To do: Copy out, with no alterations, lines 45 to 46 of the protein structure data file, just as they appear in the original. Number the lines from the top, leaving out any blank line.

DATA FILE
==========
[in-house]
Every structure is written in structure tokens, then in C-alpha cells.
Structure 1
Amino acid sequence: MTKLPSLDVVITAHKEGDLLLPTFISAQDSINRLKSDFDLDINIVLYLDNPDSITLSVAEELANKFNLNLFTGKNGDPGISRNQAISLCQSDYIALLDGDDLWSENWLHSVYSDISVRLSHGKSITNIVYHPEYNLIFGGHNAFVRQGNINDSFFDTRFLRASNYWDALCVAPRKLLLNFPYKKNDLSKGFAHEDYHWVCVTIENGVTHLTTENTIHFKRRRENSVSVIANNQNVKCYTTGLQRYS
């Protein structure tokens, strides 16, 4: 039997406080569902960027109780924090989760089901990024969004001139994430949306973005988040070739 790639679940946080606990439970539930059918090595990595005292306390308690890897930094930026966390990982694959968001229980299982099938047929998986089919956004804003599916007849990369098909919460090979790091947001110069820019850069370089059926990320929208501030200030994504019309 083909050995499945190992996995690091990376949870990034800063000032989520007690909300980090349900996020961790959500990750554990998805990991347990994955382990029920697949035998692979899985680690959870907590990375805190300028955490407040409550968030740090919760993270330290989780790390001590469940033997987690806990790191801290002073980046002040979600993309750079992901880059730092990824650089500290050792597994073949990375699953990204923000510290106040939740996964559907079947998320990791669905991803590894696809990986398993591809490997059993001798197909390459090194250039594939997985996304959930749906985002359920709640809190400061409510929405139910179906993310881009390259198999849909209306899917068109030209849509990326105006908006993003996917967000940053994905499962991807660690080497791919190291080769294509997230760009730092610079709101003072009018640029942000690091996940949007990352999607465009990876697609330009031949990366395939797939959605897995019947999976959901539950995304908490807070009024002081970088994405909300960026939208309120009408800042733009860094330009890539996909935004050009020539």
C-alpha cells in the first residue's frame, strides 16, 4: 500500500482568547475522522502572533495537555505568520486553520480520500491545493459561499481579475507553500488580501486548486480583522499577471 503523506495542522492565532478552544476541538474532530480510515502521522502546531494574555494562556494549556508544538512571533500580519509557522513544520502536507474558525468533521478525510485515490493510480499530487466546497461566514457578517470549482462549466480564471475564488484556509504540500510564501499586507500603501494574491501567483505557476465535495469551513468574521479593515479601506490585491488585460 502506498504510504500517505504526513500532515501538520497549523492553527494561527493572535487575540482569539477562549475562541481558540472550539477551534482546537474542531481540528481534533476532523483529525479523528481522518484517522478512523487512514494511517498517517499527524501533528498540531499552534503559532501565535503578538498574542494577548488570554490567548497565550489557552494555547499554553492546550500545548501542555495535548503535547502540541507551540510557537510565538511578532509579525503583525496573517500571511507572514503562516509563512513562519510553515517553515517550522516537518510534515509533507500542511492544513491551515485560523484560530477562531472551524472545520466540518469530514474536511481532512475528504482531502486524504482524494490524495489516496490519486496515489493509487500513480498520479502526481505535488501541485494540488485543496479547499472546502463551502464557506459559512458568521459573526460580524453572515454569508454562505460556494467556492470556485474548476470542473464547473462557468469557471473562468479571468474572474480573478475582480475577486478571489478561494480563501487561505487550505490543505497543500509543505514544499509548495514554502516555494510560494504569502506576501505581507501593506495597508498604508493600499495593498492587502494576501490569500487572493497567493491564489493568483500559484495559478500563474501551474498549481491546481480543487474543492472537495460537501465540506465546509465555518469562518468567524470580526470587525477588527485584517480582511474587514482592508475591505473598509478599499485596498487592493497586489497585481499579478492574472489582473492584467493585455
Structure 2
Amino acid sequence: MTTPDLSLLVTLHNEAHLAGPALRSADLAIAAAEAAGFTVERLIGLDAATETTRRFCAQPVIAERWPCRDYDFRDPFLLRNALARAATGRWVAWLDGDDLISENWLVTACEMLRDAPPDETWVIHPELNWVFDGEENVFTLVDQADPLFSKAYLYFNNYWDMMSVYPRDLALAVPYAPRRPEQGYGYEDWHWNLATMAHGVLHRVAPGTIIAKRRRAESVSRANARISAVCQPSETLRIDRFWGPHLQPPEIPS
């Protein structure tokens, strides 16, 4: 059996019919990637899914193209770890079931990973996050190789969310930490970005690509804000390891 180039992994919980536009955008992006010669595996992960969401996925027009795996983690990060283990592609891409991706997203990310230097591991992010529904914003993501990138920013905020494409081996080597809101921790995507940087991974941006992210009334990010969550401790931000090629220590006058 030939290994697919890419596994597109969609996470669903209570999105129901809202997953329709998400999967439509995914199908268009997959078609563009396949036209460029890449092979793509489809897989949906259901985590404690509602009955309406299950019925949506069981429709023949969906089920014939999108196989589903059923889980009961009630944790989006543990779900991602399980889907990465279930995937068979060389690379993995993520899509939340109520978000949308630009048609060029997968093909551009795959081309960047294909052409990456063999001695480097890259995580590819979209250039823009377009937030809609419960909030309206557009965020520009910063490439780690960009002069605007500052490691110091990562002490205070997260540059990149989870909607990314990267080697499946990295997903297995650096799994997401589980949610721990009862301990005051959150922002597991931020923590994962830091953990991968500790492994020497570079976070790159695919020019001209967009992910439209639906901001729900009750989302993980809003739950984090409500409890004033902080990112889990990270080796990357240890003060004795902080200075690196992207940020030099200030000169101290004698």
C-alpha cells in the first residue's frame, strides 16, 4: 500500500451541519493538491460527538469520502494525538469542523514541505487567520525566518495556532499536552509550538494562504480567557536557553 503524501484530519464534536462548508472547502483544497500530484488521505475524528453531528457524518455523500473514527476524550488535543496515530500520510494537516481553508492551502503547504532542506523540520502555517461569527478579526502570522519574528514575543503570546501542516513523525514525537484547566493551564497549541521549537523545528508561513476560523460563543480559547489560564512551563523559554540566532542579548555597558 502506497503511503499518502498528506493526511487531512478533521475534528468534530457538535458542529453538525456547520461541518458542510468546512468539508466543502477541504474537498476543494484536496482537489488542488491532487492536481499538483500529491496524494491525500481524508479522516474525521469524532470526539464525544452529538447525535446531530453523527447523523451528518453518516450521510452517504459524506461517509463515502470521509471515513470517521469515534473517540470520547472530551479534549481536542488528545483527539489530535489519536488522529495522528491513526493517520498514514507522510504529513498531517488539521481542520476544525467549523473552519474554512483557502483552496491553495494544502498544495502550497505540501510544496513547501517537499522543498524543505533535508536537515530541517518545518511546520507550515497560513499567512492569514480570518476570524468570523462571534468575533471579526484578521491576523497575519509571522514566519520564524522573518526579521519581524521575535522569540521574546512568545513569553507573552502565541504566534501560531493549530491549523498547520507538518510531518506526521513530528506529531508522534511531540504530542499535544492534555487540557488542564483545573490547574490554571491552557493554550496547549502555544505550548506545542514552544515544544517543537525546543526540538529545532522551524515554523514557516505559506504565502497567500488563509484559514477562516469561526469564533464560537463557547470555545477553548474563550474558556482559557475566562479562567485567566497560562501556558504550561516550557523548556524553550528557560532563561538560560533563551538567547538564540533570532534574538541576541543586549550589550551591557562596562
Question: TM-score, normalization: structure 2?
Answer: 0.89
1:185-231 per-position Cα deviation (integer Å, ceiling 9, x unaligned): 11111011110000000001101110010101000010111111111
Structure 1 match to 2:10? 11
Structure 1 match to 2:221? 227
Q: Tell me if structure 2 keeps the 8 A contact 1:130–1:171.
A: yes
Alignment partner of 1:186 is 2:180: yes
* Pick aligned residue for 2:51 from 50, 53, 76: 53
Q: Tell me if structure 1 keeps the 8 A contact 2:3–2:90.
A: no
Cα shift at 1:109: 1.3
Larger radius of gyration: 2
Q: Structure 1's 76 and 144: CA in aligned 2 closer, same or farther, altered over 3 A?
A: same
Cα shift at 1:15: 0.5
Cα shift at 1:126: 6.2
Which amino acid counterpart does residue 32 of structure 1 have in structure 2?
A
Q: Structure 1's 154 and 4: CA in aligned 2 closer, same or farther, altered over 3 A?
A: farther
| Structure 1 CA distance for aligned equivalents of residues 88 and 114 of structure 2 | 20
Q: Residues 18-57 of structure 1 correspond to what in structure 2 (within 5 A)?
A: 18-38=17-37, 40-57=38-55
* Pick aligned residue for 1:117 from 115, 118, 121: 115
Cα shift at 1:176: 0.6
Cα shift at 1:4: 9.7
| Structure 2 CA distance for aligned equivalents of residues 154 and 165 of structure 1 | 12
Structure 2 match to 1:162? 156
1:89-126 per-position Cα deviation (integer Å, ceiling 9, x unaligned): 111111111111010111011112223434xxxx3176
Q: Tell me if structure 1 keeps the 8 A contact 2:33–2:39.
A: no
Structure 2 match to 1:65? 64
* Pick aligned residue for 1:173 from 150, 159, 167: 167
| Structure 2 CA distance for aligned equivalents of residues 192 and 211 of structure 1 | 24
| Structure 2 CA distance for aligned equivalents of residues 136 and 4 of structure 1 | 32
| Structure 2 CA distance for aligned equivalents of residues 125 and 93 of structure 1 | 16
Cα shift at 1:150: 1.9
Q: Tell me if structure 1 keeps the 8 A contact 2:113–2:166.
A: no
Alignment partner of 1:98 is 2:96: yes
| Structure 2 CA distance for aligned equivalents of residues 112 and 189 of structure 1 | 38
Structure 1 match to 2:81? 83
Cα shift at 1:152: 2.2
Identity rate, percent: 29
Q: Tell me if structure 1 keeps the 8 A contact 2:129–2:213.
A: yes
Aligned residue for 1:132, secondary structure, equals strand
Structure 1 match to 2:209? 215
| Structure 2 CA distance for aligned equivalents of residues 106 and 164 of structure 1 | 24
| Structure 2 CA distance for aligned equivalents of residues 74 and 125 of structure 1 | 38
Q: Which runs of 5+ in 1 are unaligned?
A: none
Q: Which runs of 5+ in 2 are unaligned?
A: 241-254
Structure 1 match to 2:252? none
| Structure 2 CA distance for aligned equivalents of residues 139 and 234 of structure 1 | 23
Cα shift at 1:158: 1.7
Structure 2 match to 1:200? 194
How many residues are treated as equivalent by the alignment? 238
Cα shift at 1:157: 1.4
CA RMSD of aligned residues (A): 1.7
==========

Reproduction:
| Structure 2 CA distance for aligned equivalents of residues 192 and 211 of structure 1 | 24
| Structure 2 CA distance for aligned equivalents of residues 136 and 4 of structure 1 | 32